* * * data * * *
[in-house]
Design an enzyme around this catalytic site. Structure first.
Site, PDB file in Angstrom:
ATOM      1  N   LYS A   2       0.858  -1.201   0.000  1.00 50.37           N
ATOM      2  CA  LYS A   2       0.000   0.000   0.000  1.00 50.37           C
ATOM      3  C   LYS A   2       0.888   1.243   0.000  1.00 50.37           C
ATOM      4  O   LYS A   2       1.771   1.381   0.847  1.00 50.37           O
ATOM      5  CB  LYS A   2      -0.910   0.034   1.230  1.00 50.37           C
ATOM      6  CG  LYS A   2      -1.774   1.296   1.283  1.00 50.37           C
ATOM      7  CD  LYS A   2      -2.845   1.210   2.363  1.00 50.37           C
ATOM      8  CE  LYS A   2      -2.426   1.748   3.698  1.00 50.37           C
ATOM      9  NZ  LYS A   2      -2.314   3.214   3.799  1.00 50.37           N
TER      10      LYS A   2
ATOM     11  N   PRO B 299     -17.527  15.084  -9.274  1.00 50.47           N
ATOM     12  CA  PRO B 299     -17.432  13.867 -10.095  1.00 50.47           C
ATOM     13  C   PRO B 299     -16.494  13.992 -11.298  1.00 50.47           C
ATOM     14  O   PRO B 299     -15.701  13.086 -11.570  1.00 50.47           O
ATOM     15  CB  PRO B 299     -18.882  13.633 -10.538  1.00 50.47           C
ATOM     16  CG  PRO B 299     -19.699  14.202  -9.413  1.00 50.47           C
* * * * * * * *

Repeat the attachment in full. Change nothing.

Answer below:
[in-house]
Design an enzyme around this catalytic site. Structure first.
Site, PDB file in Angstrom:
ATOM      1  N   LYS A   2       0.858  -1.201   0.000  1.00 50.37           N
ATOM      2  CA  LYS A   2       0.000   0.000   0.000  1.00 50.37           C
ATOM      3  C   LYS A   2       0.888   1.243   0.000  1.00 50.37           C
ATOM      4  O   LYS A   2       1.771   1.381   0.847  1.00 50.37           O
ATOM      5  CB  LYS A   2      -0.910   0.034   1.230  1.00 50.37           C
ATOM      6  CG  LYS A   2      -1.774   1.296   1.283  1.00 50.37           C
ATOM      7  CD  LYS A   2      -2.845   1.210   2.363  1.00 50.37           C
ATOM      8  CE  LYS A   2      -2.426   1.748   3.698  1.00 50.37           C
ATOM      9  NZ  LYS A   2      -2.314   3.214   3.799  1.00 50.37           N
TER      10      LYS A   2
ATOM     11  N   PRO B 299     -17.527  15.084  -9.274  1.00 50.47           N
ATOM     12  CA  PRO B 299     -17.432  13.867 -10.095  1.00 50.47           C
ATOM     13  C   PRO B 299     -16.494  13.992 -11.298  1.00 50.47           C
ATOM     14  O   PRO B 299     -15.701  13.086 -11.570  1.00 50.47           O
ATOM     15  CB  PRO B 299     -18.882  13.633 -10.538  1.00 50.47           C
ATOM     16  CG  PRO B 299     -19.699  14.202  -9.413  1.00 50.47           C